This article is partly a comment to Chris Spagnuolos' article, “Scrum is so easy! Why don't they get it?” The simplicity of Scrum is both its strength and its weakness. Busy managers are looking for easy, quick, practical answers for their complicated questions. Scrum seems to be exactly that, which is pitfall number one.
Let me explain. Lately, I have been evaluating and discussing Scrum with some Norwegian companies who are interested in introducing it in their organizations. Many of them have a very simplistic view of Scrum. By simplistic view I mean that they think of Scrum as a recipe—if they follow it exactly, in a couple of sprints they will have cooked up higher throughput, better quality, and increased customer satisfaction. No wonder they get disappointed!
Over and over I find myself advocating that Scrum is not a magic bullet. Scrum is only one of many toolboxes (the best though, I should say :-)) well suited for reaching the overall goal, which should be to turn the company into an agile organization. To achieve this goal, companies must have a deep understanding of the agile manifesto. They must determine the difference between today's values and practices and their desired values and practices. They must then decide how best to address these differences.
I now have started to insist that every company I work with conduct Agile workshops for their management groups. In these workshops, participants go through the eleven Agile principles one by one and dive very concretely into the impact of every one of them for their particular organization. They commit to attack every one of them! I ensure that the Scrum practices and values are suggested. I communicate these actions and have the whole organization engage in discussing them.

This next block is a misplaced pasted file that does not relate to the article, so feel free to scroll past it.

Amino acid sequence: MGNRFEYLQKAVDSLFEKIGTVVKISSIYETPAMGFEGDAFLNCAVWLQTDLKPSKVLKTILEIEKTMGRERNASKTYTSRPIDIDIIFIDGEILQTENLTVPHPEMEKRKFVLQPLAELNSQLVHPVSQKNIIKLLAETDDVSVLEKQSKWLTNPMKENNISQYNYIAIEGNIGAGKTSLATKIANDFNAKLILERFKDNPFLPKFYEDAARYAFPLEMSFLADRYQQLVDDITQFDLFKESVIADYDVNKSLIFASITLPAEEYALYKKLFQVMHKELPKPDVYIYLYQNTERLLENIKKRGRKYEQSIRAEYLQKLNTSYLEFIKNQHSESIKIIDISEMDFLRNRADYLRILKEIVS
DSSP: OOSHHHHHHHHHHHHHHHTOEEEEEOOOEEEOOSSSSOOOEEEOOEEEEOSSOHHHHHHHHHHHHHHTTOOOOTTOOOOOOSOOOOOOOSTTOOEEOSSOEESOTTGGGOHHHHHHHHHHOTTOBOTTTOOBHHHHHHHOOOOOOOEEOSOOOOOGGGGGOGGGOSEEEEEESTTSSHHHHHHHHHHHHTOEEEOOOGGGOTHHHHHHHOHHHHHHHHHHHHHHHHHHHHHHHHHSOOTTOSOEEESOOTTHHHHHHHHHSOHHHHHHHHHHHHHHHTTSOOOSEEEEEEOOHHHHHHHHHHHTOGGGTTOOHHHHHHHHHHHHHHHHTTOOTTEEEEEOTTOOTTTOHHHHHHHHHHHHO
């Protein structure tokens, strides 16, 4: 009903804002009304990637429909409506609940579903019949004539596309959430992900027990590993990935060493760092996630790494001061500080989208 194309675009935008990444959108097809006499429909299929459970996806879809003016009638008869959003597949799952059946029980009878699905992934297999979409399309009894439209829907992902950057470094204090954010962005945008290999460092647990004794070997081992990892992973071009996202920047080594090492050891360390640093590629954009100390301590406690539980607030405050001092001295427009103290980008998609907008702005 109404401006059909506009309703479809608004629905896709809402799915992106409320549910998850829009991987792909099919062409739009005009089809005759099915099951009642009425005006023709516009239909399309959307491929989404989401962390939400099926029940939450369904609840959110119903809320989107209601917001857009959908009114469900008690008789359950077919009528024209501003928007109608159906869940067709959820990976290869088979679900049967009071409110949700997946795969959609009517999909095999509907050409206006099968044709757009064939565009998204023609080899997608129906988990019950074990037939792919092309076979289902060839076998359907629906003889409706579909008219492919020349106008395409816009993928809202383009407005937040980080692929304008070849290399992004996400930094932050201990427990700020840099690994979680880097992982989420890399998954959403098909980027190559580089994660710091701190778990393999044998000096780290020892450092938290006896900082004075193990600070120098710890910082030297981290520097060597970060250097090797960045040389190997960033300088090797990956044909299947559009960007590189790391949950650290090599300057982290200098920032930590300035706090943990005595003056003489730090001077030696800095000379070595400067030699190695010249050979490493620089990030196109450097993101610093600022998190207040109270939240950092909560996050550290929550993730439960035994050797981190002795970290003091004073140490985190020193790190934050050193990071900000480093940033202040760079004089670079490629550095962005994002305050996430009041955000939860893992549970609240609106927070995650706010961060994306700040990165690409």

The seven lean software development principles defined by Mary and Tom Poppendieck (www.poppendieck.com) are also well suited for increasing understanding of what it takes to improve. Lean and agile fit very well together, but lean often is easier to use for managers and marketing people in large organizations. If lean is the best answer for your organization, conduct similar workshops, where the management group digs deep into their organization, exploring values and practices for all of the seven principles. Again, Scrum provides answers and good solutions to most of them!
Achieving a true understanding of agile (or lean) principles better equips any organization for creating a robust and successful end-to-end value stream for their product development.